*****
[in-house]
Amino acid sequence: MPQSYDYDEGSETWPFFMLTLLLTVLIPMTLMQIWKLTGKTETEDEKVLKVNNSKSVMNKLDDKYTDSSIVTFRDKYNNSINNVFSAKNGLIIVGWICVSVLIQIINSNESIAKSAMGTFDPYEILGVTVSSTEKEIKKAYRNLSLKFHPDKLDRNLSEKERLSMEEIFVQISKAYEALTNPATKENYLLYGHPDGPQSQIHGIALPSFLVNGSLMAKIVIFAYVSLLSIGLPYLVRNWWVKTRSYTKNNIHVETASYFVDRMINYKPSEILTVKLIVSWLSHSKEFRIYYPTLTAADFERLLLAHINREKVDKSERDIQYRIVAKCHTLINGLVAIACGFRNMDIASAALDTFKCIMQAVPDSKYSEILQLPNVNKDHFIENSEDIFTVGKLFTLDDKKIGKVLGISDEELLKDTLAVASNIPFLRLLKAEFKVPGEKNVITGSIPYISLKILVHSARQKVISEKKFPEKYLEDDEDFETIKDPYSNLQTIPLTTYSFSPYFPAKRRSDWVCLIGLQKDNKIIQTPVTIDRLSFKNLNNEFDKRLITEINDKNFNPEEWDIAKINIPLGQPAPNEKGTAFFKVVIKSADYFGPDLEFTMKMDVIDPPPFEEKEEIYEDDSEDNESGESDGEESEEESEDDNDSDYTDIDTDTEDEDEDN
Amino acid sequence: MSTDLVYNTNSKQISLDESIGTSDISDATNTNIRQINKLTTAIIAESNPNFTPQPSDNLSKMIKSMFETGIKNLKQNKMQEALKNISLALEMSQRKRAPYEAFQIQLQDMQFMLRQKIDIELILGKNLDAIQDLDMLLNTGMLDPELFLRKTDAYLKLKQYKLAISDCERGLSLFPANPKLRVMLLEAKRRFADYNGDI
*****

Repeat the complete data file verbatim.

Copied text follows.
[in-house]
Amino acid sequence: MPQSYDYDEGSETWPFFMLTLLLTVLIPMTLMQIWKLTGKTETEDEKVLKVNNSKSVMNKLDDKYTDSSIVTFRDKYNNSINNVFSAKNGLIIVGWICVSVLIQIINSNESIAKSAMGTFDPYEILGVTVSSTEKEIKKAYRNLSLKFHPDKLDRNLSEKERLSMEEIFVQISKAYEALTNPATKENYLLYGHPDGPQSQIHGIALPSFLVNGSLMAKIVIFAYVSLLSIGLPYLVRNWWVKTRSYTKNNIHVETASYFVDRMINYKPSEILTVKLIVSWLSHSKEFRIYYPTLTAADFERLLLAHINREKVDKSERDIQYRIVAKCHTLINGLVAIACGFRNMDIASAALDTFKCIMQAVPDSKYSEILQLPNVNKDHFIENSEDIFTVGKLFTLDDKKIGKVLGISDEELLKDTLAVASNIPFLRLLKAEFKVPGEKNVITGSIPYISLKILVHSARQKVISEKKFPEKYLEDDEDFETIKDPYSNLQTIPLTTYSFSPYFPAKRRSDWVCLIGLQKDNKIIQTPVTIDRLSFKNLNNEFDKRLITEINDKNFNPEEWDIAKINIPLGQPAPNEKGTAFFKVVIKSADYFGPDLEFTMKMDVIDPPPFEEKEEIYEDDSEDNESGESDGEESEEESEDDNDSDYTDIDTDTEDEDEDN
Amino acid sequence: MSTDLVYNTNSKQISLDESIGTSDISDATNTNIRQINKLTTAIIAESNPNFTPQPSDNLSKMIKSMFETGIKNLKQNKMQEALKNISLALEMSQRKRAPYEAFQIQLQDMQFMLRQKIDIELILGKNLDAIQDLDMLLNTGMLDPELFLRKTDAYLKLKQYKLAISDCERGLSLFPANPKLRVMLLEAKRRFADYNGDI